It started with a kiss . . .
Actually, it didn’t start like that at all. That would just have been weird. In reality my career as an author started with an illness.
Hmmm . . . that’s not nearly as romantic as a kiss and, frankly, at least on a par in the weirdness stakes. But that’s how it was. Sort of.
I’d been writing creatively since I was a child, enjoying school story projects and making my own comics (four pages, two editions a year – Marvel were not worried). But as I got older and had a child myself – a little girl called Eilidh – I decided to give writing for kids a whirl. I dabbled unsuccessfully in fantasy novels to begin with – never reaching beyond the fourth chapter before being distracted by another idea for a story and moving on to another unfinished masterpiece.
But then I fell ill. A nasty, persistent cough. Tired all the time. Trip to the GP, sent for an x-ray, called in quickly to see a non-bush beating consultant. Didn’t look good. Very high chance it could be lymphoma. Lung biopsy required to confirm. Gulp.
And so I found myself lying in a hospital bed waiting to be wheeled into theatre for the biopsy. And, in a typically melodramatic moment of self-pity, I decided that, if worst came to worst and all was lost, then I had to have something to pass on to my little girl to remember me by. Something special, just from me to her. I know – bring on the soaring violins. I could get an Oscar for this! But that’s how my first book, My Dad, was born. As it happened I didn’t have lymphoma (it was a much less nasty condition called sarcoidosis) but I did have a book. It was published in 2008 with my second, The Tickle Tree, following in 2009.
And then came my third, and most popular, book – The Loon On The Moon.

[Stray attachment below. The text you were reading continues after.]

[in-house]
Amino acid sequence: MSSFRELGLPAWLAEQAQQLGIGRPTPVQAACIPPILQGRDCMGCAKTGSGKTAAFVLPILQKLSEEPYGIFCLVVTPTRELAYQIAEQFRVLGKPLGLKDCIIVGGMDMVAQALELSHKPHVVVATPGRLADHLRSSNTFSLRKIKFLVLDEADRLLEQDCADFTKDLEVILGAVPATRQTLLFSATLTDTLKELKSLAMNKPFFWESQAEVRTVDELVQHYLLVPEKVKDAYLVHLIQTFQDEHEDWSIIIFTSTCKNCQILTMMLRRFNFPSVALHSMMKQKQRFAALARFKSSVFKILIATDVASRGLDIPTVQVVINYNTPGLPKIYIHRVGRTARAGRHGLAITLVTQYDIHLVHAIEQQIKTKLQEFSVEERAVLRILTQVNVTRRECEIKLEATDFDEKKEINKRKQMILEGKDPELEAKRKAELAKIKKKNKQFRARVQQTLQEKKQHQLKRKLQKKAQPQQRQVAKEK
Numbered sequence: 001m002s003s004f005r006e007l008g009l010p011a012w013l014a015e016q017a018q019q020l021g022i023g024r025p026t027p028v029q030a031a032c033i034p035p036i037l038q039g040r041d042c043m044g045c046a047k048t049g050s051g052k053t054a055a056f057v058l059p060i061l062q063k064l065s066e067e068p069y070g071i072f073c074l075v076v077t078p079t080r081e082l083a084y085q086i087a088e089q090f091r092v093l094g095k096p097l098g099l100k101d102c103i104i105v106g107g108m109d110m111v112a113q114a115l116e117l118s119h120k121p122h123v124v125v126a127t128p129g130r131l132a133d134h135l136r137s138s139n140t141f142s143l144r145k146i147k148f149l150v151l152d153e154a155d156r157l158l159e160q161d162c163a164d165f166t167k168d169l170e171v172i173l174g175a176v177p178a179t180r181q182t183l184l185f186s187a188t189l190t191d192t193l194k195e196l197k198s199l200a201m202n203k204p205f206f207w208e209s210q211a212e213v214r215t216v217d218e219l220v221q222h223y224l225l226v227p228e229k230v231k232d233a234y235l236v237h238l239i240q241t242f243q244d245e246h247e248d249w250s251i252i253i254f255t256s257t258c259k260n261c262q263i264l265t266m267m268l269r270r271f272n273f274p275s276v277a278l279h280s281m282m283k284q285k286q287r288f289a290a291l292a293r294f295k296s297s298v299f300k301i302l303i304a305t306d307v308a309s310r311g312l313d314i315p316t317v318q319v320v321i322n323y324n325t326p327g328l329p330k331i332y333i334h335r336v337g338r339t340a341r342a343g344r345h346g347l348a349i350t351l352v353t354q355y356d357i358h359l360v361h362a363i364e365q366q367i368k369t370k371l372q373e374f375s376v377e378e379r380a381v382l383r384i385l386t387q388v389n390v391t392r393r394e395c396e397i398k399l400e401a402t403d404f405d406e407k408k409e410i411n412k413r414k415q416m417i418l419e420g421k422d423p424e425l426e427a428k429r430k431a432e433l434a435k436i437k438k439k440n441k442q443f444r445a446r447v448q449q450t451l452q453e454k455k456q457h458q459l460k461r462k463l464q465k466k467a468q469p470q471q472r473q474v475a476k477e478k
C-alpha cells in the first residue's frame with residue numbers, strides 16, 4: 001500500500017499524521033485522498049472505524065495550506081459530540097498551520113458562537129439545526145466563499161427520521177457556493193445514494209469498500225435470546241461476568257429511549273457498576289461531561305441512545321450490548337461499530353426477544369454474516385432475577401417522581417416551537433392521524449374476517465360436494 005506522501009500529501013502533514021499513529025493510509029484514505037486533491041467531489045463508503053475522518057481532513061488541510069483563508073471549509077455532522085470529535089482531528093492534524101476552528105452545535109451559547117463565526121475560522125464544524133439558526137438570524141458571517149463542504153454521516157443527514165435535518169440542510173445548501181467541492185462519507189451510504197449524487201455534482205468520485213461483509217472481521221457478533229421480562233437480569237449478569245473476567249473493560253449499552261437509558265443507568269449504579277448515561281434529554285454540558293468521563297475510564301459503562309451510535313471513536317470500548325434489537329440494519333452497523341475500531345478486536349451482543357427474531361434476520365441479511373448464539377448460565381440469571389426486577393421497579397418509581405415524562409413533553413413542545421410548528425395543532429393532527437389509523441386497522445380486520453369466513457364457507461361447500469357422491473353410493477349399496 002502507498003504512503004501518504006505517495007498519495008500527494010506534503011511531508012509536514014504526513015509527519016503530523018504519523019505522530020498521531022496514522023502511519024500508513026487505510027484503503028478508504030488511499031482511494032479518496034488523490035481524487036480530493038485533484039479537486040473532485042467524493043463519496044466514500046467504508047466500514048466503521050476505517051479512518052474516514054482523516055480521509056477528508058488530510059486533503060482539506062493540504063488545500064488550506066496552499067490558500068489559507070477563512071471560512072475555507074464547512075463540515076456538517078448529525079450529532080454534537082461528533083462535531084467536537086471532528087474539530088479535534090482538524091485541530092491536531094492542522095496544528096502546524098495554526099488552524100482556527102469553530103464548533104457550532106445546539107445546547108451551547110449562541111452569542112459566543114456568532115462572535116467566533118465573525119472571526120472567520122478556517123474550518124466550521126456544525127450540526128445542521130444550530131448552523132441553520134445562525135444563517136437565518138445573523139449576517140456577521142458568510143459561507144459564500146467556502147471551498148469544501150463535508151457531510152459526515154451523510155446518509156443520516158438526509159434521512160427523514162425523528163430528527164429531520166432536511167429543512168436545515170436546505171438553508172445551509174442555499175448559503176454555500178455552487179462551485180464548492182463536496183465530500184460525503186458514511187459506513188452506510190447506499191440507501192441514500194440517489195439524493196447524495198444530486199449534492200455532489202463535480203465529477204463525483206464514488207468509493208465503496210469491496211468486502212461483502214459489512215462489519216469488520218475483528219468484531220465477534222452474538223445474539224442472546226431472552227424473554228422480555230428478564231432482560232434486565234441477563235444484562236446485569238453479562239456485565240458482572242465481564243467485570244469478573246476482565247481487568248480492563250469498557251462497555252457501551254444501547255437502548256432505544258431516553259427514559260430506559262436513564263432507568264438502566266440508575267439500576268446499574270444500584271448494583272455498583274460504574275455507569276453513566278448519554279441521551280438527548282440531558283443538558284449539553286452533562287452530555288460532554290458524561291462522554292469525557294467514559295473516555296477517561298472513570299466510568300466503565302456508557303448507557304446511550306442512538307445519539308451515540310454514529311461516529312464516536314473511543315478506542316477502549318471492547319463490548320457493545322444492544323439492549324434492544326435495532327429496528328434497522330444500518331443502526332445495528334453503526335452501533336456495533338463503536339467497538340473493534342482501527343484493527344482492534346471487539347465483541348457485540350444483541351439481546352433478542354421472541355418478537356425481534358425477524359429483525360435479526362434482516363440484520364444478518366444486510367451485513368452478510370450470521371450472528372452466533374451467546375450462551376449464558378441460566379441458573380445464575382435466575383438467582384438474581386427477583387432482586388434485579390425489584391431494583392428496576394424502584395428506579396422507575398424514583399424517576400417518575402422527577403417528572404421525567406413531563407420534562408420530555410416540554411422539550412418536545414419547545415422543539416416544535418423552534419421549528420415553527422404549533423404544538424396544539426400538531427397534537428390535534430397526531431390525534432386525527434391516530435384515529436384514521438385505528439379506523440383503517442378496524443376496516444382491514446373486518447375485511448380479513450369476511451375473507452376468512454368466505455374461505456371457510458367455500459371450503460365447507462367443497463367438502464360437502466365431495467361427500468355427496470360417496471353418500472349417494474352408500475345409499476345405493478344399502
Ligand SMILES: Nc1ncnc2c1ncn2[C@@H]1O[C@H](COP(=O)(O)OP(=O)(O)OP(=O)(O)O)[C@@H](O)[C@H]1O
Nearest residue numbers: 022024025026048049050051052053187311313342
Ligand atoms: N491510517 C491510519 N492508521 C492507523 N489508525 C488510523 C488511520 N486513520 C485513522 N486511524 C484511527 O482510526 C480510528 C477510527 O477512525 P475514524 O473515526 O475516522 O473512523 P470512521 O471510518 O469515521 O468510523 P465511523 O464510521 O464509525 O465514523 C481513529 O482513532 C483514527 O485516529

I suppose Loon is probably my favourite (but don’t tell the other books), so when I was first contacted by Living Paintings to tell me about their plan to turn it into a Touch To See book I was, well, over the moon! Of course these things don’t happen overnight, so I’d almost forgotten about the project until one day around a month or so ago a large packet was delivered to my house. Mysterious, I thought as I shook, prodded, squeezed and sniffed the parcel. But little could prepare me for was held within.
When I opened it and pulled out the book I was quite literally speechless. For a long time I slowly and silently turned the pages, running my fingers over the beautifully modelled, hand painted mouldings of the various characters from the book. I followed the raised bumps of the transparent plastic braille sheets that overlaid the words inside, marveling that children and parents would be able to read the book by touch alone and see Emily Golden’s beautiful illustrations by feeling the wonderfully tactile mouldings. I was utterly flabberboozled by the whole thing. It was just so perfectly presented and delightfully rendered. A wonderful gift from the charity to the children and parents who will hopefully get the chance to enjoy it for years to come.
It is such an honour that Loon On The Moon was chosen to be turned into a Touch To See book and I am humbled that, through Living Paintings’ superb work, a small corner of my little Loon world will be opened up to those who may not have been able to experience it as fully without the special “added extras”.
So thank you Living Paintings — may you continue to spread joy and imagination to children everywhere.
To watch Chae talking about our adaptation of Loon on the Moon click here
Before I go, I was asked to answer a couple of questions about the Loon On The Moon. So, very quickly, here goes . . .
- My favourite planet is Venus – because that is my daughter’s middle name! She’s 13, so she refuses to tell anyone this, but I think she’ll grow to like it when she’s older.
- If I had to name a new star I would call it . . . Zinglebert Poopwoggle, just so I could hear Professor Brian Cox forced to say it on TV on one of his space shows.
- I would most like to meet the Moptops from Mercury because they look like fun guys. Get the Singdings from Saturn over to provide the music and we could partaaayyy! Whoop!
- I get my inspiration for my books from all around. From things I see in the street, snatches of overheard conversations, articles I read in newspapers, weird words that pop into my head, from quiet moments of contemplation and tiny eureka brainwaves in busy cafes. Top tip: Keep your eyes, ears and imagination open at all times and make sure your story antenna are always fully extended.
Goodbye . . . and happy reading!